Babylon the Great Assesses the Chinese Nuclear Horn

U.S. Reveals First Assessment of Chinese Nuclear Weapons Stockpile | World Report | US News

By Paul D. Shinkman Senior Writer, National Security • Sept. 1, 2020, at 2:53 p.m.

China’s nuclear-capable intercontinental ballistic missiles are seen during a military parade at Tiananmen Square in Beijing in 2019. China possesses at least 200 nuclear warheads, according to a new report. GREG BAKER/AFP/Getty ImagesQ.w

World Report

U.S. Reveals First Assessment of Chinese Nuclear Weapons Stockpile

A new report from the Pentagon documents the scale of Beijing’s nuclear arsenal at a time the Trump administration is pressuring China to join nuclear talks with Russia.

The Defense Department for the first time Tuesday revealed the number of nuclear warheads it believes China possesses, saying in a new report that Beijing’s arsenal will double over the next decade – while still lagging far behind America’s and Russia’s capacities.

China possesses at least 200 warheads now with plans for a dramatic increase, according to the annual China Military Power Report, released Tuesday. The expansion of its arsenal will also include developing more sophisticated nuclear weapons, as well as modernizing the methods to launch them to include submarines, bombers, road-mobile carriers and new ground-based silos.

The 2020 report studies the Chinese armed forces through the end of 2019 and is prepared for Congress and the public. It had previously documented the potency of Chinese nuclear weapons but had not provided such specifics.

The new information comes at a time the Trump administration is pressuring China to participate in talks to renegotiate the New START treaty with Russia, set to expire in February failing a new agreement. A top official said shortly after the report’s release that the Pentagon made the decision to release the information to better demonstrate the threats China poses and the importance of a U.S. response.

“We should be attentive – certainly we are – and that’s the rationale for why we ensured we included the best number and best understanding we could have in this report,” Deputy Assistant Secretary of Defense for China Chad Sbragia said at an event organized by the American Enterprise Institute think tank to accompany the report’s release.

The U.S. currently has 5,800 nuclear warheads, 3,800 of which are still active with another 2,000 awaiting dismantlement, the Arms Control Center reports. Russia has roughly 6,400 with roughly 4,300 still active. Prior estimates, including from the Arms Control Center, had placed China’s arsenal at significantly higher than the Pentagon’s assessment.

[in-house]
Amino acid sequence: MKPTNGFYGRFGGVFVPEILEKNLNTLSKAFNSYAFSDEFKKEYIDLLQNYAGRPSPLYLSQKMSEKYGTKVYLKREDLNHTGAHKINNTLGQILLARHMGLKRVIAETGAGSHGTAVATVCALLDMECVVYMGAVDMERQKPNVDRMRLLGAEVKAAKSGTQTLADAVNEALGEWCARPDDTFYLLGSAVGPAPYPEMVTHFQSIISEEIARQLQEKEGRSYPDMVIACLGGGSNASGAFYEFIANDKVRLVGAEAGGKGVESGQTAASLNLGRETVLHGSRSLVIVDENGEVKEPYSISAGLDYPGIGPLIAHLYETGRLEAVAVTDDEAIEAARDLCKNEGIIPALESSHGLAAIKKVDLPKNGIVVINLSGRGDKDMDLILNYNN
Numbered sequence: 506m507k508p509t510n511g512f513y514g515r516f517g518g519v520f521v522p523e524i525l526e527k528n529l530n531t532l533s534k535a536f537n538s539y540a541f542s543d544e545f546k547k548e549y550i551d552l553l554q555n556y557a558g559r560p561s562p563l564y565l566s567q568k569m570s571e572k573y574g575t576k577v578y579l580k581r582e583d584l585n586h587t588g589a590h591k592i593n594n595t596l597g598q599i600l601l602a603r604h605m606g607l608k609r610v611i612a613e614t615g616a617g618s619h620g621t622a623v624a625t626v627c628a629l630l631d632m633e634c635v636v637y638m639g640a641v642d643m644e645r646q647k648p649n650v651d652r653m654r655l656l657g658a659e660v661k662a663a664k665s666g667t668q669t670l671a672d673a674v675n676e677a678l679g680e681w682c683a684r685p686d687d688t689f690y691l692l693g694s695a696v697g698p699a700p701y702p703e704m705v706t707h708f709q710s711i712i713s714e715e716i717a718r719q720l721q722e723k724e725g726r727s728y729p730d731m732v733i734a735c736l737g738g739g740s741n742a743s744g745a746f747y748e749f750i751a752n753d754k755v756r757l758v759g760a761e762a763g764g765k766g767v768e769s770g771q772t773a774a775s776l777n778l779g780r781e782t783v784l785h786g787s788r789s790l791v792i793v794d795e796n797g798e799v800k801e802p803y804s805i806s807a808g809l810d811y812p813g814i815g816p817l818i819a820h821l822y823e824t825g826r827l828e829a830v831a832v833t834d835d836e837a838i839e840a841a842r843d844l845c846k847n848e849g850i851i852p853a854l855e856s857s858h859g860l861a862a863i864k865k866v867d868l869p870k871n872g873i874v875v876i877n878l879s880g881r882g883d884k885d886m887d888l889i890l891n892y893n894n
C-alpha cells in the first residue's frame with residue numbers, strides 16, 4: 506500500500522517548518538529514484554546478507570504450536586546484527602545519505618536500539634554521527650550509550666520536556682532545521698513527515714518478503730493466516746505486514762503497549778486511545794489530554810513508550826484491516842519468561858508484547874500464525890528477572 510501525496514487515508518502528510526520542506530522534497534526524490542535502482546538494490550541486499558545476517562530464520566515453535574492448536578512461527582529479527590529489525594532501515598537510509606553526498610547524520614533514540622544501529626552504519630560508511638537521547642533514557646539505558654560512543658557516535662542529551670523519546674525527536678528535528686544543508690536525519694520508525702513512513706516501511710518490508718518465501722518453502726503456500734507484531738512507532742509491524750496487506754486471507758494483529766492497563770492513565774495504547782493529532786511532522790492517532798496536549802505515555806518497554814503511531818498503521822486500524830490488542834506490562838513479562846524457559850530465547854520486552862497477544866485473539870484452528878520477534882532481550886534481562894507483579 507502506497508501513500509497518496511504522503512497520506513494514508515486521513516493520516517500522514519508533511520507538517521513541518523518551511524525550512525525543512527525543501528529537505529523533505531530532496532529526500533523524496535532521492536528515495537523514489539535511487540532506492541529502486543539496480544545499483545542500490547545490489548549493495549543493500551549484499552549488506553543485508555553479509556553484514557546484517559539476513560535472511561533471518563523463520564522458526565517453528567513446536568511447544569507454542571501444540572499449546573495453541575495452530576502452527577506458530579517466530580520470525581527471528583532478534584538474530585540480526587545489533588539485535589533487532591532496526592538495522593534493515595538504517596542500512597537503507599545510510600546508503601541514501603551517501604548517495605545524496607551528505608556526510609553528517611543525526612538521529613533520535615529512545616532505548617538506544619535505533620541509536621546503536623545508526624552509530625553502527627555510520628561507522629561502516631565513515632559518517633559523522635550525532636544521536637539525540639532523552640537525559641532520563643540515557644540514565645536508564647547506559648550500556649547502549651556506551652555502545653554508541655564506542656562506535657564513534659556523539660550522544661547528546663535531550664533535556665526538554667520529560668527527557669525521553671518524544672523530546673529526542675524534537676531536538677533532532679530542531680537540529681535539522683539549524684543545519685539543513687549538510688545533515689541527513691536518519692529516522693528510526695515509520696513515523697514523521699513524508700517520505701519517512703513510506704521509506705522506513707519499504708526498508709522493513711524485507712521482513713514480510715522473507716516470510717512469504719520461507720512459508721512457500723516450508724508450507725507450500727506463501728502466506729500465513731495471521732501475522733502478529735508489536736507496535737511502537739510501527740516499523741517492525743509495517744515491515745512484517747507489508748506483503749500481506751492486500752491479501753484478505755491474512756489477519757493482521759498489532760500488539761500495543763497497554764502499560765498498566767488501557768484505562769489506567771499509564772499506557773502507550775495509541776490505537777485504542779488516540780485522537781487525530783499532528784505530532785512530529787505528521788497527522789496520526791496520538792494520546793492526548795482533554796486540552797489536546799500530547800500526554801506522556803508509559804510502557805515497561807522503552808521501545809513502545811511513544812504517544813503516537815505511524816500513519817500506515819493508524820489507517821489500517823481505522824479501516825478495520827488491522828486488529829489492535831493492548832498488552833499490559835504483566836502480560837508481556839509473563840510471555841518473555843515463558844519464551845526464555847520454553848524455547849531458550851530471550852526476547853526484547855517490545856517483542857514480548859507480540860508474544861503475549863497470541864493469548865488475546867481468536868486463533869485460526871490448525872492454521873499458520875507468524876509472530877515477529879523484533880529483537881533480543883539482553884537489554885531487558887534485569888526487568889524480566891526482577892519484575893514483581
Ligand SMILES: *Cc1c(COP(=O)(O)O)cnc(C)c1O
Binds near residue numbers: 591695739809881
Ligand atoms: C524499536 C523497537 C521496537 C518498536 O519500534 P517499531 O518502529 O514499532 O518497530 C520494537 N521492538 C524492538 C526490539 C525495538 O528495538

Tuesday’s revelation comes as the U.S. continues to work toward modernizing its own nuclear arsenal, which is far larger than China’s but is also aging, with many components dating back to the Cold War. The Trump administration announced earlier this year it would not participate in talks to renew its last remaining nuclear limitation pact with Russia if China did not also participate.

Some analysts, however, expressed concerns that the report furthers an incomplete argument that U.S. and Russian limits on nuclear weapons development must now be tied to China as well.

“Even if DoD is correct and China doubles its arsenal by 2030 to 400-500 warheads, China’s arsenal will remain far smaller and less capable than that of the U.S. and Russia,” Kingston Reif, director of Disarmament and Threat Reduction Policy at the Arms Control Association, wrote on Twitter. “The foolishness of throwing away an extension of New START due to concerns about China can’t be overstated.”

A separate section of the report highlighted a key shift in U.S. understanding of the Chinese Communist Party’s intentions for its military – that it’s ambitions to use it are global.

“The CCP does not intend for the PLA to be merely a showpiece of China’s modernity or to keep it focused solely on regional threats,” the report states.

Sbragia said China’s leadership “does have an aspiration for great power status by virtually every measure. … They have to have global convergence at the broadest possible scale.”

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